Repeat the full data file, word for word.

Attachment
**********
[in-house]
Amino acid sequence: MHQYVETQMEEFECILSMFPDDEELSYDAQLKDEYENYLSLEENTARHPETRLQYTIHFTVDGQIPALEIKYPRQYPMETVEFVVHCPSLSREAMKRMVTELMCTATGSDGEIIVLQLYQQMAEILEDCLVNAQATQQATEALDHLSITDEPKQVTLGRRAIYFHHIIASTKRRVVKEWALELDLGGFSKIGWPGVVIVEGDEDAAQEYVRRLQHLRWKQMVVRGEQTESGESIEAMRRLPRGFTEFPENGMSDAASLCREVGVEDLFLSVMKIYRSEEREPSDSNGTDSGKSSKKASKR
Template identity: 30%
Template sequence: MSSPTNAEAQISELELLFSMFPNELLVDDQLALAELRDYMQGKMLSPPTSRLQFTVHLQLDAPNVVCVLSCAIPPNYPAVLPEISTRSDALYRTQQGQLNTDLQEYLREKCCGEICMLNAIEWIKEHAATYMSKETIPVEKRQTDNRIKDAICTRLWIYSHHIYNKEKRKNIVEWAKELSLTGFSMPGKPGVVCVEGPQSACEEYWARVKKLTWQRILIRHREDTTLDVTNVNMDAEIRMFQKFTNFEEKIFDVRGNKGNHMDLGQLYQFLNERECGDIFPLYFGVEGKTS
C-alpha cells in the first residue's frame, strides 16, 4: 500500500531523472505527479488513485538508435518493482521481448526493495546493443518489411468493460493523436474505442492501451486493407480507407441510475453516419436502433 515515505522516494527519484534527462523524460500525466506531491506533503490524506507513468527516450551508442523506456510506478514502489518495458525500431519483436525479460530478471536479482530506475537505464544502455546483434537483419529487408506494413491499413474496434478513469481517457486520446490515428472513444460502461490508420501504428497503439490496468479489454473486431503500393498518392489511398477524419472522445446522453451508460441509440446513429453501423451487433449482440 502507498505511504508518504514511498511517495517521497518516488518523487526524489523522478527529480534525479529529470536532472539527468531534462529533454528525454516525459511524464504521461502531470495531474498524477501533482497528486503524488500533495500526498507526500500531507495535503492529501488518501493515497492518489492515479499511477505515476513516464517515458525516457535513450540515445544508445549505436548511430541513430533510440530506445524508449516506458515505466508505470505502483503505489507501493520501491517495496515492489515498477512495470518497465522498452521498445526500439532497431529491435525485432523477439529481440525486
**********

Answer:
[in-house]
Amino acid sequence: MHQYVETQMEEFECILSMFPDDEELSYDAQLKDEYENYLSLEENTARHPETRLQYTIHFTVDGQIPALEIKYPRQYPMETVEFVVHCPSLSREAMKRMVTELMCTATGSDGEIIVLQLYQQMAEILEDCLVNAQATQQATEALDHLSITDEPKQVTLGRRAIYFHHIIASTKRRVVKEWALELDLGGFSKIGWPGVVIVEGDEDAAQEYVRRLQHLRWKQMVVRGEQTESGESIEAMRRLPRGFTEFPENGMSDAASLCREVGVEDLFLSVMKIYRSEEREPSDSNGTDSGKSSKKASKR
Template identity: 30%
Template sequence: MSSPTNAEAQISELELLFSMFPNELLVDDQLALAELRDYMQGKMLSPPTSRLQFTVHLQLDAPNVVCVLSCAIPPNYPAVLPEISTRSDALYRTQQGQLNTDLQEYLREKCCGEICMLNAIEWIKEHAATYMSKETIPVEKRQTDNRIKDAICTRLWIYSHHIYNKEKRKNIVEWAKELSLTGFSMPGKPGVVCVEGPQSACEEYWARVKKLTWQRILIRHREDTTLDVTNVNMDAEIRMFQKFTNFEEKIFDVRGNKGNHMDLGQLYQFLNERECGDIFPLYFGVEGKTS
C-alpha cells in the first residue's frame, strides 16, 4: 500500500531523472505527479488513485538508435518493482521481448526493495546493443518489411468493460493523436474505442492501451486493407480507407441510475453516419436502433 515515505522516494527519484534527462523524460500525466506531491506533503490524506507513468527516450551508442523506456510506478514502489518495458525500431519483436525479460530478471536479482530506475537505464544502455546483434537483419529487408506494413491499413474496434478513469481517457486520446490515428472513444460502461490508420501504428497503439490496468479489454473486431503500393498518392489511398477524419472522445446522453451508460441509440446513429453501423451487433449482440 502507498505511504508518504514511498511517495517521497518516488518523487526524489523522478527529480534525479529529470536532472539527468531534462529533454528525454516525459511524464504521461502531470495531474498524477501533482497528486503524488500533495500526498507526500500531507495535503492529501488518501493515497492518489492515479499511477505515476513516464517515458525516457535513450540515445544508445549505436548511430541513430533510440530506445524508449516506458515505466508505470505502483503505489507501493520501491517495496515492489515498477512495470518497465522498452521498445526500439532497431529491435525485432523477439529481440525486